Permaculture as a Tool for Implementing the UN Decade of Education for Sustainable Development
Final Project for the Master of Arts in Environmental Conservation Education, NYU, Submitted August, 2011
by Lee Frankel-Goldwater
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The system of Permaculture design is an appropriate and well-defined model for teaching and implementing the goals of Education for Sustainable Development (ESD). When the United Nations declared the years from 2005-2014 to be a Decade of Education for Sustainable Development (DESD), the field of ESD was launched into a period of heightened global awareness and growth. Through a comparison of the core principles of Permaculture and ESD, thereby weaving the two systems together, it is hoped that the benefits of applying Permaculture towards the goals of the DESD can be made clear.
Permaculture is a conjunction of the words ‘permanent’ and ‘culture’, a point that hints at its founding principles. It is mainly a design system that, through the careful observation of nature, seeks to combine traditional wisdom with modern ecological knowledge to aid in the development of sustainable human habitats. It was developed in the global environmental context of the 1970’s to be a compact, dynamic system of thought, drawing on a wide variety of design techniques, that could be easily taught and applied to any climate or cultural setting.(1) In the time since its founding, Permaculture has been refined and has become a highly regarded system with many potential applications for addressing critical, present day issues related to sustainability and education.
In light of the recent UNESCO World Conference on ESD in 2009 and the subsequent Bonn Declaration, the direction of the DESD has been constructively evaluated and redefined drawing renewed emphasis to the need for culturally sensitive, community level action and projects that draw on international support to meet critical local needs.(2) With this in mind, Permaculture as a system is particularly well-suited for community level action, addressing the needs of the impoverished while incorporating ‘quality education’ into the process of project development and implementation. This point can be made evident through an examination of Permaculture teaching methodologies, related movements, case studies, and current projects.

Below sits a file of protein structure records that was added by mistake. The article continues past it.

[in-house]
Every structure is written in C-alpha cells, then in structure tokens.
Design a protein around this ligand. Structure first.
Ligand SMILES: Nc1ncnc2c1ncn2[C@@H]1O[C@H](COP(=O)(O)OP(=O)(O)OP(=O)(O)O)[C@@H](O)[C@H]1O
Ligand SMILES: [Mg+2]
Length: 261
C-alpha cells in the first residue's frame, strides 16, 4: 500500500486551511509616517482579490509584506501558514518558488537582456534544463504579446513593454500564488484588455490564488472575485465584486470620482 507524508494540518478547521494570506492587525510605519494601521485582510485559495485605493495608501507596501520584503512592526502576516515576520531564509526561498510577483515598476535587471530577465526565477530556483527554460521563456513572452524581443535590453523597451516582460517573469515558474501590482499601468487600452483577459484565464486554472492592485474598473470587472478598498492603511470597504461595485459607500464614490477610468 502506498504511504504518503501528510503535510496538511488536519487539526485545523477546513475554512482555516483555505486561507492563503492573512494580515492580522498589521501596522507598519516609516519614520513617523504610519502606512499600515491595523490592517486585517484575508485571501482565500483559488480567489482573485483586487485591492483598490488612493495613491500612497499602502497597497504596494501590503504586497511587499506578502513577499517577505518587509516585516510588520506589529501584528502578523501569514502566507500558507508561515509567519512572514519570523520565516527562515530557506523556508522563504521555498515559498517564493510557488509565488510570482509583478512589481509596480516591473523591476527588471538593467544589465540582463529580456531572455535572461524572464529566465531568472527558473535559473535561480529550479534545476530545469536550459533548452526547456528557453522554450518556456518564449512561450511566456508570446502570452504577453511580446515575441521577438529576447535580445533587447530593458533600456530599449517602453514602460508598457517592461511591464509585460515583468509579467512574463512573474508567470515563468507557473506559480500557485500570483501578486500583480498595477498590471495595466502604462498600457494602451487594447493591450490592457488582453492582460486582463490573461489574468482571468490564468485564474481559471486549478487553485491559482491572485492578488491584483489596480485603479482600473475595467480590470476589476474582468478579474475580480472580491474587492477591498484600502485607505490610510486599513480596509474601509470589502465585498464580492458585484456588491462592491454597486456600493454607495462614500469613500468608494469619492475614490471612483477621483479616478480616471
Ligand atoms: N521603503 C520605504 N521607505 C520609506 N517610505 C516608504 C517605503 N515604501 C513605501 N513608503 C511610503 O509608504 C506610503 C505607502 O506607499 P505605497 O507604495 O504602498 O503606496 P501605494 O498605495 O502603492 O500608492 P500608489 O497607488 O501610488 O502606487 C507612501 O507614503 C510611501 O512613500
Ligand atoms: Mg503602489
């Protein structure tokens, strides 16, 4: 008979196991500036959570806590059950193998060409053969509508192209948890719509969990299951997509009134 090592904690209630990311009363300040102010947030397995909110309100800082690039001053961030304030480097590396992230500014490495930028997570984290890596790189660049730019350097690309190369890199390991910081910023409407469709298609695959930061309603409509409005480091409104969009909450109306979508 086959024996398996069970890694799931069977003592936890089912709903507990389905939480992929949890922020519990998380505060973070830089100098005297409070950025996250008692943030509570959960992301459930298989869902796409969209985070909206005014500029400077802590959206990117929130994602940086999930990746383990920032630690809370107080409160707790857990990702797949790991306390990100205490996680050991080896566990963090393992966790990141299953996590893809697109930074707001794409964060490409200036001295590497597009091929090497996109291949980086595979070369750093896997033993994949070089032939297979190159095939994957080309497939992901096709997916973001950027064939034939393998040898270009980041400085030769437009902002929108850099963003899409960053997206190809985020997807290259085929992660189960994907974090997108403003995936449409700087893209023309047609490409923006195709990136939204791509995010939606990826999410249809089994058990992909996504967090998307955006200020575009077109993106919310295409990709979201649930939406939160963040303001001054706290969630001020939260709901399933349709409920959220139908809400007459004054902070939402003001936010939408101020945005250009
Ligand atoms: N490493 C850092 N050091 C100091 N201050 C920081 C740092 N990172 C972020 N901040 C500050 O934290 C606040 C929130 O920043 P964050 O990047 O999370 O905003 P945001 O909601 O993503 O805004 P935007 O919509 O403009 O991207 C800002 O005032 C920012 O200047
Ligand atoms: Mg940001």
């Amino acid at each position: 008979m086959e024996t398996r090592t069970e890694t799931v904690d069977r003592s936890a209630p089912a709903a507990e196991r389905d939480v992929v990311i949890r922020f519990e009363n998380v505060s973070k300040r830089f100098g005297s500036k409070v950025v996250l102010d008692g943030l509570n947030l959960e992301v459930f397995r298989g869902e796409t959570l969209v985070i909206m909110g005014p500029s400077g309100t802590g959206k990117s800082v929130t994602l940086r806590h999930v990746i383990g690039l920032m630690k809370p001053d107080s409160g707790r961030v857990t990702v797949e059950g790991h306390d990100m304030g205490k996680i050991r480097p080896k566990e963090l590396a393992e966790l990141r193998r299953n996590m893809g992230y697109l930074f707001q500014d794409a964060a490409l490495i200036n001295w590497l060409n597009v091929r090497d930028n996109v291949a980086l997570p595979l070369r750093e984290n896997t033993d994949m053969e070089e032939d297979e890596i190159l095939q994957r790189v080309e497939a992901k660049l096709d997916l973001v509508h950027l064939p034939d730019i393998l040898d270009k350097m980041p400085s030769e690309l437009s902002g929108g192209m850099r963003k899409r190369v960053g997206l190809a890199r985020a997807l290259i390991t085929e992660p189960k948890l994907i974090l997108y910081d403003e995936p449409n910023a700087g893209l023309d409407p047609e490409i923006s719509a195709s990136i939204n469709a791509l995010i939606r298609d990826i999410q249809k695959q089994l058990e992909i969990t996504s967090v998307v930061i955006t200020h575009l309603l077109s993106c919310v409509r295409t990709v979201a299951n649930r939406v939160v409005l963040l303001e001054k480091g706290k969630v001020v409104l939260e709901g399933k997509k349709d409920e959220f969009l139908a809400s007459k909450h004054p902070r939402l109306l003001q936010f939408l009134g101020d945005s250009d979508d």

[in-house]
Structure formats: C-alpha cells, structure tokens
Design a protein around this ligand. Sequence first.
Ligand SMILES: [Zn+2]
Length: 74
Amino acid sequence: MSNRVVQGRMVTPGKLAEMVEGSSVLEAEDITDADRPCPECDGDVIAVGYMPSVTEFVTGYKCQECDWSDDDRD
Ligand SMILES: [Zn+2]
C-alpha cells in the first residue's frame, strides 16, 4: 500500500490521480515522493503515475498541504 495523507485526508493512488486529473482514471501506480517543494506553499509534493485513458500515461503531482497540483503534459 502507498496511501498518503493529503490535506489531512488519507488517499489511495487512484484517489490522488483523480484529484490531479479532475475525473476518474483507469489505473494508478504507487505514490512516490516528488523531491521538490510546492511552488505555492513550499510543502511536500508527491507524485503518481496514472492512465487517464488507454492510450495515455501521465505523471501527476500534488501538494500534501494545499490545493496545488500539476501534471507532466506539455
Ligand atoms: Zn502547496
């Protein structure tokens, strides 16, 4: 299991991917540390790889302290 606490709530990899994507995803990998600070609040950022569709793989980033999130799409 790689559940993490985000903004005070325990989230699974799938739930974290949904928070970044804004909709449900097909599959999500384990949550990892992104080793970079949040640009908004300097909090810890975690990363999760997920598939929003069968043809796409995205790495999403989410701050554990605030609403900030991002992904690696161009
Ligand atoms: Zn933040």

Though much work has been done developing and implementing Permaculture systems, it has received little recognition in the academic setting. Given its potential applications and the needs of the time, this situation is unfortunate. It is hoped that by illustrating the relationship between Permaculture and ESD in light of the Bonn Declaration, that high-policy level recognition will be afforded to this valuable and timely tool – in affect improving our ability to work collectively towards a resilient, sustainable future across all areas of society.
This argument is made through the following sections and discussions:
- The identification of the core principles, practices, and techniques of Permaculture. This is necessary as: a basis for comparison to ESD and for reference in latter sections.
- A brief discussion of the history, definition, and principles behind ESD, clarifying the field in the context of the broader environmental education movement.
- Conveying Permaculture as a form of ESD, using the definition of ESD from section (2) as a framework for comparison. Considers Permaculture as a tool for implementing the DESD and includes a discussion of key educational issues and general Permaculture teaching methods.
- Considers the recommendations of the 2009 Bonn Declaration and the place of Permaculture in relationship to this most current of ESD and DESD documents.
- A look at Permaculture as applied to communities afflicted by poverty considering case studies, applicable teaching methodologies, and relevant techniques.
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- Mollison, B. (2002). Permaculture: A Designers’ Manual. Sisters Creek, Tasmania: Tagari Publications., p. ix
- UNESCO World Conference on Education for Sustainable Development – Conference Proceedings, Bonn Declaration. (2009, 31 March – 2 April 2009). Paper presented by the UNESCO World Conference on Education for Sustainable Development, Bonn, Germany.